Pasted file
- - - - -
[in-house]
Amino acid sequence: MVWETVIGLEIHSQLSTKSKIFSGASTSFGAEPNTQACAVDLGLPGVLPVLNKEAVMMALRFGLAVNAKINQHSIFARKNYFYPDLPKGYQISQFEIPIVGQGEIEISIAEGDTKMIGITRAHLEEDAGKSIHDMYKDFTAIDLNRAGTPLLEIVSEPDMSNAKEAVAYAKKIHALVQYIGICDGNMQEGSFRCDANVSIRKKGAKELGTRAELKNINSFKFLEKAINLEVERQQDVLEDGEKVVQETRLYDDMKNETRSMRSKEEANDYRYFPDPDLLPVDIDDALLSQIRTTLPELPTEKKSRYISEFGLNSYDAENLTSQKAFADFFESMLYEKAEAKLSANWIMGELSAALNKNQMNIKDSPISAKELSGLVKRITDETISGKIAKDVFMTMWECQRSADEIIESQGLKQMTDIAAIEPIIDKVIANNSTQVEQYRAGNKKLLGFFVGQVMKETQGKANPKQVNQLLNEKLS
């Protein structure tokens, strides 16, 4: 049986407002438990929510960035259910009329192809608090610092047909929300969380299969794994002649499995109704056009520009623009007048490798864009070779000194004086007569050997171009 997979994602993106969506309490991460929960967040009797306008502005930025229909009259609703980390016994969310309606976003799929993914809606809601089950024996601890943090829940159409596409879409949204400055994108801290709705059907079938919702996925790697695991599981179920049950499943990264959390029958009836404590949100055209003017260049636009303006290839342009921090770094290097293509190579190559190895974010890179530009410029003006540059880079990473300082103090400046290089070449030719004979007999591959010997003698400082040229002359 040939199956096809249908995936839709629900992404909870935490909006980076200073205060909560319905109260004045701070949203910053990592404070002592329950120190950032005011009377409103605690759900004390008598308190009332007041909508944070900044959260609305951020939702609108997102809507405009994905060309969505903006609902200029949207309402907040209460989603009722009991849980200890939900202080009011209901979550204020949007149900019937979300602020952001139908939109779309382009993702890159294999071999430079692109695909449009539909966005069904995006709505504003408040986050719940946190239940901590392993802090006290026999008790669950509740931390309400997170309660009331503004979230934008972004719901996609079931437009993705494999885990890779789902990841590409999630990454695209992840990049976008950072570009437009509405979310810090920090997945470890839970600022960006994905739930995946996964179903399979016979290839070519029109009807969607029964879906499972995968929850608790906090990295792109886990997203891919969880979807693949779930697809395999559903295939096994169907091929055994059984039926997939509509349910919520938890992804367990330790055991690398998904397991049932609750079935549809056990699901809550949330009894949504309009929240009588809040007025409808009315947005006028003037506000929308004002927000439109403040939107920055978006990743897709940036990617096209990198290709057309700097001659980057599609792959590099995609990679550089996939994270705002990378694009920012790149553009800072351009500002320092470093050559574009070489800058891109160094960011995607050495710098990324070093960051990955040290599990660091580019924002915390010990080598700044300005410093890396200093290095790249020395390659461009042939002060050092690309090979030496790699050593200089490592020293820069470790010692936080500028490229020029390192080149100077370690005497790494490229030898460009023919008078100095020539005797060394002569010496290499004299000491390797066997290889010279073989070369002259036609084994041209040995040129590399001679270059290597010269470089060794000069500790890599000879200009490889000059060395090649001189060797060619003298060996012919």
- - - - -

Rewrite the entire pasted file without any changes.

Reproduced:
[in-house]
Amino acid sequence: MVWETVIGLEIHSQLSTKSKIFSGASTSFGAEPNTQACAVDLGLPGVLPVLNKEAVMMALRFGLAVNAKINQHSIFARKNYFYPDLPKGYQISQFEIPIVGQGEIEISIAEGDTKMIGITRAHLEEDAGKSIHDMYKDFTAIDLNRAGTPLLEIVSEPDMSNAKEAVAYAKKIHALVQYIGICDGNMQEGSFRCDANVSIRKKGAKELGTRAELKNINSFKFLEKAINLEVERQQDVLEDGEKVVQETRLYDDMKNETRSMRSKEEANDYRYFPDPDLLPVDIDDALLSQIRTTLPELPTEKKSRYISEFGLNSYDAENLTSQKAFADFFESMLYEKAEAKLSANWIMGELSAALNKNQMNIKDSPISAKELSGLVKRITDETISGKIAKDVFMTMWECQRSADEIIESQGLKQMTDIAAIEPIIDKVIANNSTQVEQYRAGNKKLLGFFVGQVMKETQGKANPKQVNQLLNEKLS
């Protein structure tokens, strides 16, 4: 049986407002438990929510960035259910009329192809608090610092047909929300969380299969794994002649499995109704056009520009623009007048490798864009070779000194004086007569050997171009 997979994602993106969506309490991460929960967040009797306008502005930025229909009259609703980390016994969310309606976003799929993914809606809601089950024996601890943090829940159409596409879409949204400055994108801290709705059907079938919702996925790697695991599981179920049950499943990264959390029958009836404590949100055209003017260049636009303006290839342009921090770094290097293509190579190559190895974010890179530009410029003006540059880079990473300082103090400046290089070449030719004979007999591959010997003698400082040229002359 040939199956096809249908995936839709629900992404909870935490909006980076200073205060909560319905109260004045701070949203910053990592404070002592329950120190950032005011009377409103605690759900004390008598308190009332007041909508944070900044959260609305951020939702609108997102809507405009994905060309969505903006609902200029949207309402907040209460989603009722009991849980200890939900202080009011209901979550204020949007149900019937979300602020952001139908939109779309382009993702890159294999071999430079692109695909449009539909966005069904995006709505504003408040986050719940946190239940901590392993802090006290026999008790669950509740931390309400997170309660009331503004979230934008972004719901996609079931437009993705494999885990890779789902990841590409999630990454695209992840990049976008950072570009437009509405979310810090920090997945470890839970600022960006994905739930995946996964179903399979016979290839070519029109009807969607029964879906499972995968929850608790906090990295792109886990997203891919969880979807693949779930697809395999559903295939096994169907091929055994059984039926997939509509349910919520938890992804367990330790055991690398998904397991049932609750079935549809056990699901809550949330009894949504309009929240009588809040007025409808009315947005006028003037506000929308004002927000439109403040939107920055978006990743897709940036990617096209990198290709057309700097001659980057599609792959590099995609990679550089996939994270705002990378694009920012790149553009800072351009500002320092470093050559574009070489800058891109160094960011995607050495710098990324070093960051990955040290599990660091580019924002915390010990080598700044300005410093890396200093290095790249020395390659461009042939002060050092690309090979030496790699050593200089490592020293820069470790010692936080500028490229020029390192080149100077370690005497790494490229030898460009023919008078100095020539005797060394002569010496290499004299000491390797066997290889010279073989070369002259036609084994041209040995040129590399001679270059290597010269470089060794000069500790890599000879200009490889000059060395090649001189060797060619003298060996012919």